A fairly new measure, called A Body Shape Index (ABSI), does just that and has BMI and waist-size built into its calculation. The Index isn't available for clinical use yet, says Ahima, it's only used in research. But it could eventually come to a doctor's office near you. A February 2014 study in PLOS ONE found that ABSI was a more accurate predictor of death risk than BMI.
Setting a Reachable Goal
Once you know your BMI and your waist size, it's time to talk to your doctor. "[A physician can] consider how much muscle a person has, their health status and their family history," Ahima says. "BMI is useful as a trend, so if a person had a BMI of, let's say, 25 and then five years later it's 30, clearly there's something wrong. What you're looking for is a trend rather than an ideal weight, which doesn't really exist because people are so variable."
Once you've had the conversation with your physician about what's a healthy weight for you, you're ready to target a number, or at least a range.
"It's important to strive for something that's realistic," says Young. "I see people in their 40s and 50s all the time who struggle with, 'I'd love to weigh what I weighed at X time.'"
Young likes to set halfway goals with her clients. "If they weigh 175 pounds, let's get them down to 150, and we'll see," she says. "Then we can re-assess. You're less likely to fail when you're able to get to something. That's very important."
Here are Young's top tips for losing pounds to get to a healthy weight:
- Watch portion sizes
- Eat some protein at every meal
- Don't skip meals
- Limit refined flour (like white bread)
- Eat when you're hungry
- Keep a food diary
The Exercise Exception
On its own, exercise is not a very effective way to lose weight; nearly everyone needs to also change their diet to take and keep off excess pounds. But if you're someone who puts in vigorous effort at the gym (or at the park or at Zumba) most days and you're heavier than you'd like to be, take heart.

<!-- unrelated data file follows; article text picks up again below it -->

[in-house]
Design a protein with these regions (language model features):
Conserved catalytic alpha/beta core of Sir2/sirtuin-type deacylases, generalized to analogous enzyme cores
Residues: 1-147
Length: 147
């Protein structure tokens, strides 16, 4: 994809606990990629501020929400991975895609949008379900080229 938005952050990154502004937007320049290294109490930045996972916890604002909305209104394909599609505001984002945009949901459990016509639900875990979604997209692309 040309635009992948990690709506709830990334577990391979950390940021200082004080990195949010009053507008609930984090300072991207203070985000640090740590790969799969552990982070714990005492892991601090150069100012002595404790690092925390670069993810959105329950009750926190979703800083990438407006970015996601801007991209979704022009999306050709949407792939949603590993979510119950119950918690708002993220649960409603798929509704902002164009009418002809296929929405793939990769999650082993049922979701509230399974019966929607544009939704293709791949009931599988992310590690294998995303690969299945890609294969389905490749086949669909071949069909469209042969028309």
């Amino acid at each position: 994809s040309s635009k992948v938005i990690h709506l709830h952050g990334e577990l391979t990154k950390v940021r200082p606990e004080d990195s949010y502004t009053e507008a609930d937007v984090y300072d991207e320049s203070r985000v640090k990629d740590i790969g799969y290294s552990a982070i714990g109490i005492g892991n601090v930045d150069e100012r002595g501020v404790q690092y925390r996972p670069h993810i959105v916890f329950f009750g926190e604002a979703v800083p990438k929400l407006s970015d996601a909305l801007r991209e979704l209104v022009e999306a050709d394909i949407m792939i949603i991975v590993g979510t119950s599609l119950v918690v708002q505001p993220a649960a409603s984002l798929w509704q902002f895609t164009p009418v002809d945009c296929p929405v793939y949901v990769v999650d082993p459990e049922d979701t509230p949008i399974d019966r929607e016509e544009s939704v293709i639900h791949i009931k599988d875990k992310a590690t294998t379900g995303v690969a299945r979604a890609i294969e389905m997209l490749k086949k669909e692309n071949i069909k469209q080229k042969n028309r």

"It is possible to be 'fit and fat'," says Jennifer Huberty, an associate professor in the School of Nutrition and Health Promotion/Exercise and Wellness at Arizona State University and the founder of Fit Minded. "Basically, what you have are people who are practicing healthy behavior who may be overweight," she says, adding that this group tends to have a "pretty low" risk for chronic disease.
In fact, Huberty says the scientific data points to a higher risk of early death in people who are thin but don't exercise compared with those who are overweight but fit. "You can be a size 12, 14 or 16 and if you're exercising regularly and your HDL cholesterol [the good kind] is high and your LDL [bad cholesterol] is low, what does it matter? You're always better off doing the exercise, regardless. Thin doesn't mean fit, in shape or healthy."
A 2012 study of nearly 4,200 male veterans with high blood pressure found that those who exercised were much less likely to die during the course of the study (follow-up was at seven years) — regardless of the men's BMI. Compared to guys who were normal-weight but unfit, the men who carried extra pounds but exercised often had a 60 percent lower mortality risk, and obese-but-very-fit men had a 78 percent reduced risk.
Notes Ahima: "Exercise has a huge benefit for your heart and lungs and overall health regardless of how heavy you are. This has been shown over and over."
Huberty bottom-lines her answer to the "what is a healthy weight?' question this way: "A perfect weight for you is one that has little to no chronic disease risk and feeling good about your body. You have to mold those two together — that's what I tell people."
Copyright© 2014 Next Avenue, a division of Twin Cities Public Television, Inc.